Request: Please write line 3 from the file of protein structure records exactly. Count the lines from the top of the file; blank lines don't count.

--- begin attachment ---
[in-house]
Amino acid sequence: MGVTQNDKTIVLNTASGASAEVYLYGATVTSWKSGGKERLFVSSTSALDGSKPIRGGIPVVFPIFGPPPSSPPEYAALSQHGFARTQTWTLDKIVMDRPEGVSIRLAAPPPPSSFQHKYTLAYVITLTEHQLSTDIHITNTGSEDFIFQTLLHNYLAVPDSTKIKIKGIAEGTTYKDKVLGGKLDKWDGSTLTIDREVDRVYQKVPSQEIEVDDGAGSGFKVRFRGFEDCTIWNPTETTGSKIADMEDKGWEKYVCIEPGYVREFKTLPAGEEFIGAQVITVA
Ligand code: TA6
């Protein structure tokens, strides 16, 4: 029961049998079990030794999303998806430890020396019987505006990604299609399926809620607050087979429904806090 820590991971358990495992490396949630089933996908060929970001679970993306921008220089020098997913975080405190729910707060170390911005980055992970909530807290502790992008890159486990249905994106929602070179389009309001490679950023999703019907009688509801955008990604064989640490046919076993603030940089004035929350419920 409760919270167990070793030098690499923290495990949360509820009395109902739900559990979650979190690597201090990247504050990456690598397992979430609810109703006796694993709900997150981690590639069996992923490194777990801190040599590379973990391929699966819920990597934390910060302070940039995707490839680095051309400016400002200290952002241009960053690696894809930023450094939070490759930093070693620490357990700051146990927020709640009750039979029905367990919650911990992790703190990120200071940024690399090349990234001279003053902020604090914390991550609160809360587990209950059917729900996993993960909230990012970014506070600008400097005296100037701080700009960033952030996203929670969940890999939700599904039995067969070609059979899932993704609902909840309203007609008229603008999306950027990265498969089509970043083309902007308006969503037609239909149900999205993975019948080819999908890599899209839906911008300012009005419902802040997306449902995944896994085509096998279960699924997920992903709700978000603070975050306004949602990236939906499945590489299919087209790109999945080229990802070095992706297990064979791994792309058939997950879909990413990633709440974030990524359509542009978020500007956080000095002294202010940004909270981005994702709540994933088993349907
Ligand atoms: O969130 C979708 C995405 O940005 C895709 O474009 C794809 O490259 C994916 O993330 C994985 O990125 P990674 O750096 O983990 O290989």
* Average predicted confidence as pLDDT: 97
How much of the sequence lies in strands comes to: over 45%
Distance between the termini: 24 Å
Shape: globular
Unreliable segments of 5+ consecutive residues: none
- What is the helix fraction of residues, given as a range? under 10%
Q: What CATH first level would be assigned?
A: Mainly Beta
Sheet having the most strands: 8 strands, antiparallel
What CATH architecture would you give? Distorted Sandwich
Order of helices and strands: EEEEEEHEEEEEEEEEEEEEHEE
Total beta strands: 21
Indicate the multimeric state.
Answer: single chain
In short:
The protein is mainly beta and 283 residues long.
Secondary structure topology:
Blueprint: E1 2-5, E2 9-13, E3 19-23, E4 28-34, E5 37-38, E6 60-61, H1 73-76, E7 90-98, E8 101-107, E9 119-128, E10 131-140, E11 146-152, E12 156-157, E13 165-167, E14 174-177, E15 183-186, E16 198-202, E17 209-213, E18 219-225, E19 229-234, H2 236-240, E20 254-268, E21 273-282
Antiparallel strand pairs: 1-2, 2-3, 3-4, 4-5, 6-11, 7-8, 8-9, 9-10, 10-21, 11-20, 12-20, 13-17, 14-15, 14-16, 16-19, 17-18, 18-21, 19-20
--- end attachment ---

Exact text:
Ligand code: TA6